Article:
Poetry Guide: Muwashshah
Muwashshah is an Arab poetic form and an eastern secular musical genre which uses muwashshah texts for lyrics. The poetic form is also used in Andalusi nubah and is similarly of Al-Andalus origin. In Maghrib the term refers to the poetic form, while in Mashriq it refers to the "poetic-musical product in its entirety." In North Africa poets ignore the strict rules of Arab meter while the poets in the East follow them. (Touma 1996, p.83)
Musically, the ensemble consists of ud (lute), kamanja (spike fiddle), qanun (box zither), darabukkah (goblet drum), and daff (tambourine), all of whom often perform as the choir. The soloist performs only a few chosen lines of the selected text. In Aleppo multiple maqam rows and up to three azwan are used and modulation to neighboring maqamat was possible during the B section. Until modernization is was typical to present a complete waslah, or up to eight successive muwashshah including an instrumental introduction (sama'i or bashraf). (ibid, p.83)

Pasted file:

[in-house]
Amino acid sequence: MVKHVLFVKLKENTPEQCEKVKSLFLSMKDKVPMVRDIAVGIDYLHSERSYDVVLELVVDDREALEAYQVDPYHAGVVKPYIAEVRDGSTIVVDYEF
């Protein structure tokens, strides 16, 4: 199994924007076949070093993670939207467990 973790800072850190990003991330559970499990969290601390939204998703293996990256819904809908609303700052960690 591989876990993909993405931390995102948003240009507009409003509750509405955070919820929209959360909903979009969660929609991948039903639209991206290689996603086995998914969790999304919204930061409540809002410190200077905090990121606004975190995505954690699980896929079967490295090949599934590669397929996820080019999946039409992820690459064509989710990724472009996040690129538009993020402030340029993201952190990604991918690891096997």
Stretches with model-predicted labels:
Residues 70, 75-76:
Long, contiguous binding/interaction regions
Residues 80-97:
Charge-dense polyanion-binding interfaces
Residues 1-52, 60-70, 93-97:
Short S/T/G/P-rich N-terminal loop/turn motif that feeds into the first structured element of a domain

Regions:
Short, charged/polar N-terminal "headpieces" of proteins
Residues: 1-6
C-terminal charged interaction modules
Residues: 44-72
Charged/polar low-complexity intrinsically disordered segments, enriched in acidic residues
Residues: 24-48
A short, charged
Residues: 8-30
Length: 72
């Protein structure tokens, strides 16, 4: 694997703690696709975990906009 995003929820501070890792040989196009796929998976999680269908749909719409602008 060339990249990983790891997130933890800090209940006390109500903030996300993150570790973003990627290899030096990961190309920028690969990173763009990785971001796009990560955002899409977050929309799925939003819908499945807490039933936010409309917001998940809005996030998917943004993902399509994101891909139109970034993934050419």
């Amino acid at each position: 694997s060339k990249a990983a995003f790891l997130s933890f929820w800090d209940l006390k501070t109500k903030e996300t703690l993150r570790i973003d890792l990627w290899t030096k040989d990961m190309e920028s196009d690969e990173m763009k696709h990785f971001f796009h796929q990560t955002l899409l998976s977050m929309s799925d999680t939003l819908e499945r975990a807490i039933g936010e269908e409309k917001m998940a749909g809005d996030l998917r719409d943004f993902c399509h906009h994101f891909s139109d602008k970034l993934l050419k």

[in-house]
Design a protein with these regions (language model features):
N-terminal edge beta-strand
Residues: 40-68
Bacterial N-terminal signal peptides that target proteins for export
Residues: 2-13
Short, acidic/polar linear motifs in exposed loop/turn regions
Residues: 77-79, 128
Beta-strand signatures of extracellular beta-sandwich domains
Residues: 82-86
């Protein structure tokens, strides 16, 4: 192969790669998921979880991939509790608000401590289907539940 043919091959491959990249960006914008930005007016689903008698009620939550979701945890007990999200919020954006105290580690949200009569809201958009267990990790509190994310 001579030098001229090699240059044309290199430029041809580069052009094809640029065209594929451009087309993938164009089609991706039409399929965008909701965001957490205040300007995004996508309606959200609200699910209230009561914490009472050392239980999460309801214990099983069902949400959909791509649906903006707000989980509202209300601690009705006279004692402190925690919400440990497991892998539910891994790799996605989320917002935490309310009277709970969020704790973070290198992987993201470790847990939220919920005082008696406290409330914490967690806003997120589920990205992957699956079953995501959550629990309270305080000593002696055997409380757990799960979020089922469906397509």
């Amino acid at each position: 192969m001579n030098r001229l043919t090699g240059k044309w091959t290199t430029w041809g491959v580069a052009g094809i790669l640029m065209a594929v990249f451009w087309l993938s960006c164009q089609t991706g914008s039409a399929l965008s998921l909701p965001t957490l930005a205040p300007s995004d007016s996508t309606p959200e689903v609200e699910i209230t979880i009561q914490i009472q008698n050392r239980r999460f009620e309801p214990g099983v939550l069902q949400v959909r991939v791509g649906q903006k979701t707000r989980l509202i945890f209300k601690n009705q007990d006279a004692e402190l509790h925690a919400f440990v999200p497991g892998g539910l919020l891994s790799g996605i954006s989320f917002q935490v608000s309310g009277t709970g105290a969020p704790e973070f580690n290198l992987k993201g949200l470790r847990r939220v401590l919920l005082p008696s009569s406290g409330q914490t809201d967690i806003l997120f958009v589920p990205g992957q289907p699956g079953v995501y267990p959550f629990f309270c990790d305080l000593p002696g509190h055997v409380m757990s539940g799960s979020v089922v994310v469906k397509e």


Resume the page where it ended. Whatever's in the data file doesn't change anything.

- Habib Hassan Touma (1996). The Music of the Arabs, trans. Laurie Schwartz. Portland, Oregon: Amadeus Press. ISBN 0931340888.
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